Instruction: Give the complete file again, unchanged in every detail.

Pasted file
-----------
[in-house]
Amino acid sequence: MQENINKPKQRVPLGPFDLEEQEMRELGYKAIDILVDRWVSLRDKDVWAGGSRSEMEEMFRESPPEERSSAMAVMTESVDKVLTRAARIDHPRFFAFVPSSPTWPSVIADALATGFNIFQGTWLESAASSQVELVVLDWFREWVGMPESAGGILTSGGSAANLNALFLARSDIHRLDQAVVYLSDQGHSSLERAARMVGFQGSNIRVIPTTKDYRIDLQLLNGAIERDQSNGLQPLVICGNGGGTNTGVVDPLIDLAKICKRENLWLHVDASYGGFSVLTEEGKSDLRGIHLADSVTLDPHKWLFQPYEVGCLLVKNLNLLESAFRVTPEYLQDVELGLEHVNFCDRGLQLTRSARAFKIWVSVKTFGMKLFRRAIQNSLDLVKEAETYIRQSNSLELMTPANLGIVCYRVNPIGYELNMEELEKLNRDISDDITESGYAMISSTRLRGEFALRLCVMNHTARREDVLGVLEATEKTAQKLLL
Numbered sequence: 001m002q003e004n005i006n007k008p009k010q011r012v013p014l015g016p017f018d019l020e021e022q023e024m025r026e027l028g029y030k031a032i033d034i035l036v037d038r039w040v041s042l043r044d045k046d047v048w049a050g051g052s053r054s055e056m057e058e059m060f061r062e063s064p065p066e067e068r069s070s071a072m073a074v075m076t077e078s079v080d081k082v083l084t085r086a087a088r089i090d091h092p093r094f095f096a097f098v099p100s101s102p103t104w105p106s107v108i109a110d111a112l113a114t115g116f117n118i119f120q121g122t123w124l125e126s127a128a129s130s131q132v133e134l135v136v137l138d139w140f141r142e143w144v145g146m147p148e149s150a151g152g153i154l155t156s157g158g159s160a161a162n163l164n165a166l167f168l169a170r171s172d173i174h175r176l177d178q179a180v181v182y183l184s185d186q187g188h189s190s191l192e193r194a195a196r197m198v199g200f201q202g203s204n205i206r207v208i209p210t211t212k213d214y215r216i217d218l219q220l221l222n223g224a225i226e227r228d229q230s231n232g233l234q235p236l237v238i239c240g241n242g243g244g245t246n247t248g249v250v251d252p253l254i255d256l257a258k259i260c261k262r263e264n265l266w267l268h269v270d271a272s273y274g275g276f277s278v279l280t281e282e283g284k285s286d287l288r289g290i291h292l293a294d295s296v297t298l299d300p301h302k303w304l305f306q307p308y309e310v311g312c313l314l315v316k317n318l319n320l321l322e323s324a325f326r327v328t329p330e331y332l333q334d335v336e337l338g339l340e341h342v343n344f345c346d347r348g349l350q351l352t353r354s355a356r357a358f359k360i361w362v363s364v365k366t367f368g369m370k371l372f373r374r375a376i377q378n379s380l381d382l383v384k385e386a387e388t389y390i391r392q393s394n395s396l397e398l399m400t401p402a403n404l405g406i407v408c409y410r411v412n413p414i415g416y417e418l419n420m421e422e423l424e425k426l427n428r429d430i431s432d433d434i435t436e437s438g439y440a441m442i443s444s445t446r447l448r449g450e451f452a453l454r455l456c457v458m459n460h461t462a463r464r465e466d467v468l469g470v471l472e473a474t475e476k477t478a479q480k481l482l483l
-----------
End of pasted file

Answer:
[in-house]
Amino acid sequence: MQENINKPKQRVPLGPFDLEEQEMRELGYKAIDILVDRWVSLRDKDVWAGGSRSEMEEMFRESPPEERSSAMAVMTESVDKVLTRAARIDHPRFFAFVPSSPTWPSVIADALATGFNIFQGTWLESAASSQVELVVLDWFREWVGMPESAGGILTSGGSAANLNALFLARSDIHRLDQAVVYLSDQGHSSLERAARMVGFQGSNIRVIPTTKDYRIDLQLLNGAIERDQSNGLQPLVICGNGGGTNTGVVDPLIDLAKICKRENLWLHVDASYGGFSVLTEEGKSDLRGIHLADSVTLDPHKWLFQPYEVGCLLVKNLNLLESAFRVTPEYLQDVELGLEHVNFCDRGLQLTRSARAFKIWVSVKTFGMKLFRRAIQNSLDLVKEAETYIRQSNSLELMTPANLGIVCYRVNPIGYELNMEELEKLNRDISDDITESGYAMISSTRLRGEFALRLCVMNHTARREDVLGVLEATEKTAQKLLL
Numbered sequence: 001m002q003e004n005i006n007k008p009k010q011r012v013p014l015g016p017f018d019l020e021e022q023e024m025r026e027l028g029y030k031a032i033d034i035l036v037d038r039w040v041s042l043r044d045k046d047v048w049a050g051g052s053r054s055e056m057e058e059m060f061r062e063s064p065p066e067e068r069s070s071a072m073a074v075m076t077e078s079v080d081k082v083l084t085r086a087a088r089i090d091h092p093r094f095f096a097f098v099p100s101s102p103t104w105p106s107v108i109a110d111a112l113a114t115g116f117n118i119f120q121g122t123w124l125e126s127a128a129s130s131q132v133e134l135v136v137l138d139w140f141r142e143w144v145g146m147p148e149s150a151g152g153i154l155t156s157g158g159s160a161a162n163l164n165a166l167f168l169a170r171s172d173i174h175r176l177d178q179a180v181v182y183l184s185d186q187g188h189s190s191l192e193r194a195a196r197m198v199g200f201q202g203s204n205i206r207v208i209p210t211t212k213d214y215r216i217d218l219q220l221l222n223g224a225i226e227r228d229q230s231n232g233l234q235p236l237v238i239c240g241n242g243g244g245t246n247t248g249v250v251d252p253l254i255d256l257a258k259i260c261k262r263e264n265l266w267l268h269v270d271a272s273y274g275g276f277s278v279l280t281e282e283g284k285s286d287l288r289g290i291h292l293a294d295s296v297t298l299d300p301h302k303w304l305f306q307p308y309e310v311g312c313l314l315v316k317n318l319n320l321l322e323s324a325f326r327v328t329p330e331y332l333q334d335v336e337l338g339l340e341h342v343n344f345c346d347r348g349l350q351l352t353r354s355a356r357a358f359k360i361w362v363s364v365k366t367f368g369m370k371l372f373r374r375a376i377q378n379s380l381d382l383v384k385e386a387e388t389y390i391r392q393s394n395s396l397e398l399m400t401p402a403n404l405g406i407v408c409y410r411v412n413p414i415g416y417e418l419n420m421e422e423l424e425k426l427n428r429d430i431s432d433d434i435t436e437s438g439y440a441m442i443s444s445t446r447l448r449g450e451f452a453l454r455l456c457v458m459n460h461t462a463r464r465e466d467v468l469g470v471l472e473a474t475e476k477t478a479q480k481l482l483l